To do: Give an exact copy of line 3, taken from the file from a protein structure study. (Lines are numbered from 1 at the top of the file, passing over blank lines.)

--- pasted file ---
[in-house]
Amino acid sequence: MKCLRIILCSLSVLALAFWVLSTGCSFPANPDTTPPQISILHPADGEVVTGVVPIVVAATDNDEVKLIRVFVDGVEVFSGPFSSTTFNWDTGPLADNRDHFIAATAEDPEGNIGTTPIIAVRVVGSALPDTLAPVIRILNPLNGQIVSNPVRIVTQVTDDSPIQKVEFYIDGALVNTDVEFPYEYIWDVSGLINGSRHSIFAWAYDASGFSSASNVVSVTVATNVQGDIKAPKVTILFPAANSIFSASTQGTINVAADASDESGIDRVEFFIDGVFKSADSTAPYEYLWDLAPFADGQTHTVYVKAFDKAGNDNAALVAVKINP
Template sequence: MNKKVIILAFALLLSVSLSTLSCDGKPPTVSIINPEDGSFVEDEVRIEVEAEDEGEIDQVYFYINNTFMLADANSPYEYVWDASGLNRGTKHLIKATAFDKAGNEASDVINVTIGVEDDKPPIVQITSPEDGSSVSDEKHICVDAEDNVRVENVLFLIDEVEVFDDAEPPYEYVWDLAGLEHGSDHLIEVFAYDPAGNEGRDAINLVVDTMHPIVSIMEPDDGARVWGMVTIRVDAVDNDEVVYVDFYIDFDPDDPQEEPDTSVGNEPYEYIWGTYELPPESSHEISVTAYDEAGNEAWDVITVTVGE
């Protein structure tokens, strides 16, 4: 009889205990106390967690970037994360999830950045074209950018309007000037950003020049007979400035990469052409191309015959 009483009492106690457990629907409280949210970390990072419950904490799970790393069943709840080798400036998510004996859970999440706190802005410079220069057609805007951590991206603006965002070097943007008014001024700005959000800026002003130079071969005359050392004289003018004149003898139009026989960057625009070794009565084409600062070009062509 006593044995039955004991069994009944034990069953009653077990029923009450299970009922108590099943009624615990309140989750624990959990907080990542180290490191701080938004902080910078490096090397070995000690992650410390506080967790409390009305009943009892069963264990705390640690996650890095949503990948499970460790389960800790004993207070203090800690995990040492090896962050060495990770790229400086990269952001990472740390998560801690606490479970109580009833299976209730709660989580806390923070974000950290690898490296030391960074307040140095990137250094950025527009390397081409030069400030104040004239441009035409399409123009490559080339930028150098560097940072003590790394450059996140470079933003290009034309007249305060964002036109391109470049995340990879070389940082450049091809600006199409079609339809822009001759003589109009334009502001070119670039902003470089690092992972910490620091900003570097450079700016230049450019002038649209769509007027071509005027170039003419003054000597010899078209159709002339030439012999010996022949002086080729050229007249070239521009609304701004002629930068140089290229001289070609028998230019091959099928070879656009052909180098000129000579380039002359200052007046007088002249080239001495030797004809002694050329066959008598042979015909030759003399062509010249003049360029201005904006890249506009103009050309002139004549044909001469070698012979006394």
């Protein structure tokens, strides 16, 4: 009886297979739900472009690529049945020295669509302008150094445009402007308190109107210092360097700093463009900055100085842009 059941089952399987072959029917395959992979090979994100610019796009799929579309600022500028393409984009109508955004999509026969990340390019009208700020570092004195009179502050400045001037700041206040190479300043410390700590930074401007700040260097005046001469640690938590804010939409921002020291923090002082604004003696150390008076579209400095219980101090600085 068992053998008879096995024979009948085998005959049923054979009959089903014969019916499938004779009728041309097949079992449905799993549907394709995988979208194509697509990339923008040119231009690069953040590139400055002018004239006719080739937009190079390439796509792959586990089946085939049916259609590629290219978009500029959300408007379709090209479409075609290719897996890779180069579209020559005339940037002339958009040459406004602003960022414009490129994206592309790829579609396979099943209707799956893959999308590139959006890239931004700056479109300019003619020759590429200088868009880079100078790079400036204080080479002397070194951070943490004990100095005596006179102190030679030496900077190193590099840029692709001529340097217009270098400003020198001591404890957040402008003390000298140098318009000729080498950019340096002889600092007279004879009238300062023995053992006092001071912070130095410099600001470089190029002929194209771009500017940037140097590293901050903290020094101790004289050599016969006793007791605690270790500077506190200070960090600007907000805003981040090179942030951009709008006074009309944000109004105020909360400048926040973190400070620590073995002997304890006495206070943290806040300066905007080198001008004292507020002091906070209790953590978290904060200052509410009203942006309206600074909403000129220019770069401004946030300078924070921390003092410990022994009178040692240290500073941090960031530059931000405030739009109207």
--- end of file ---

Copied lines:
Template sequence: MNKKVIILAFALLLSVSLSTLSCDGKPPTVSIINPEDGSFVEDEVRIEVEAEDEGEIDQVYFYINNTFMLADANSPYEYVWDASGLNRGTKHLIKATAFDKAGNEASDVINVTIGVEDDKPPIVQITSPEDGSSVSDEKHICVDAEDNVRVENVLFLIDEVEVFDDAEPPYEYVWDLAGLEHGSDHLIEVFAYDPAGNEGRDAINLVVDTMHPIVSIMEPDDGARVWGMVTIRVDAVDNDEVVYVDFYIDFDPDDPQEEPDTSVGNEPYEYIWGTYELPPESSHEISVTAYDEAGNEAWDVITVTVGE